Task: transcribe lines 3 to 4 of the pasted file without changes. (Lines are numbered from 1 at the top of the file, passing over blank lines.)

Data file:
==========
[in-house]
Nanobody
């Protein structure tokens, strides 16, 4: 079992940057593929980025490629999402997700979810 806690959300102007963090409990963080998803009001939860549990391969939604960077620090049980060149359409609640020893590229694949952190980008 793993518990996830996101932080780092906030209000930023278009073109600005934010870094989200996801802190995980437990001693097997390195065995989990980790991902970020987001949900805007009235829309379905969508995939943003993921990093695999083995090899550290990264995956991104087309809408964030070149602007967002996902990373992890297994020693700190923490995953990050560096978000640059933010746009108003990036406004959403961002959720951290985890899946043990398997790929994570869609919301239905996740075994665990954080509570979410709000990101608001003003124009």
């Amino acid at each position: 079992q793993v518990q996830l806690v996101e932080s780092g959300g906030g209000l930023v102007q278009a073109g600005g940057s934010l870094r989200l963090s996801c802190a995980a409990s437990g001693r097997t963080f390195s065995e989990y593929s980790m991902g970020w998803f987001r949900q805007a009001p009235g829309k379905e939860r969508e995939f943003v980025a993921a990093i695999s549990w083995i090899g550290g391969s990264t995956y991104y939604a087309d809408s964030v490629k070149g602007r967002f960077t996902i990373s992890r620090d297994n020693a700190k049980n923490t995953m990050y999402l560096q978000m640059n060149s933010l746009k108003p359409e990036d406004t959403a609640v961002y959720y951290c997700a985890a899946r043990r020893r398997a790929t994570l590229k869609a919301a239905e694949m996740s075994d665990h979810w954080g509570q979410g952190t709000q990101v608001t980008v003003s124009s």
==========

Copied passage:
């Protein structure tokens, strides 16, 4: 079992940057593929980025490629999402997700979810 806690959300102007963090409990963080998803009001939860549990391969939604960077620090049980060149359409609640020893590229694949952190980008 793993518990996830996101932080780092906030209000930023278009073109600005934010870094989200996801802190995980437990001693097997390195065995989990980790991902970020987001949900805007009235829309379905969508995939943003993921990093695999083995090899550290990264995956991104087309809408964030070149602007967002996902990373992890297994020693700190923490995953990050560096978000640059933010746009108003990036406004959403961002959720951290985890899946043990398997790929994570869609919301239905996740075994665990954080509570979410709000990101608001003003124009």
């Amino acid at each position: 079992q793993v518990q996830l806690v996101e932080s780092g959300g906030g209000l930023v102007q278009a073109g600005g940057s934010l870094r989200l963090s996801c802190a995980a409990s437990g001693r097997t963080f390195s065995e989990y593929s980790m991902g970020w998803f987001r949900q805007a009001p009235g829309k379905e939860r969508e995939f943003v980025a993921a990093i695999s549990w083995i090899g550290g391969s990264t995956y991104y939604a087309d809408s964030v490629k070149g602007r967002f960077t996902i990373s992890r620090d297994n020693a700190k049980n923490t995953m990050y999402l560096q978000m640059n060149s933010l746009k108003p359409e990036d406004t959403a609640v961002y959720y951290c997700a985890a899946r043990r020893r398997a790929t994570l590229k869609a919301a239905e694949m996740s075994d665990h979810w954080g509570q979410g952190t709000q990101v608001t980008v003003s124009s």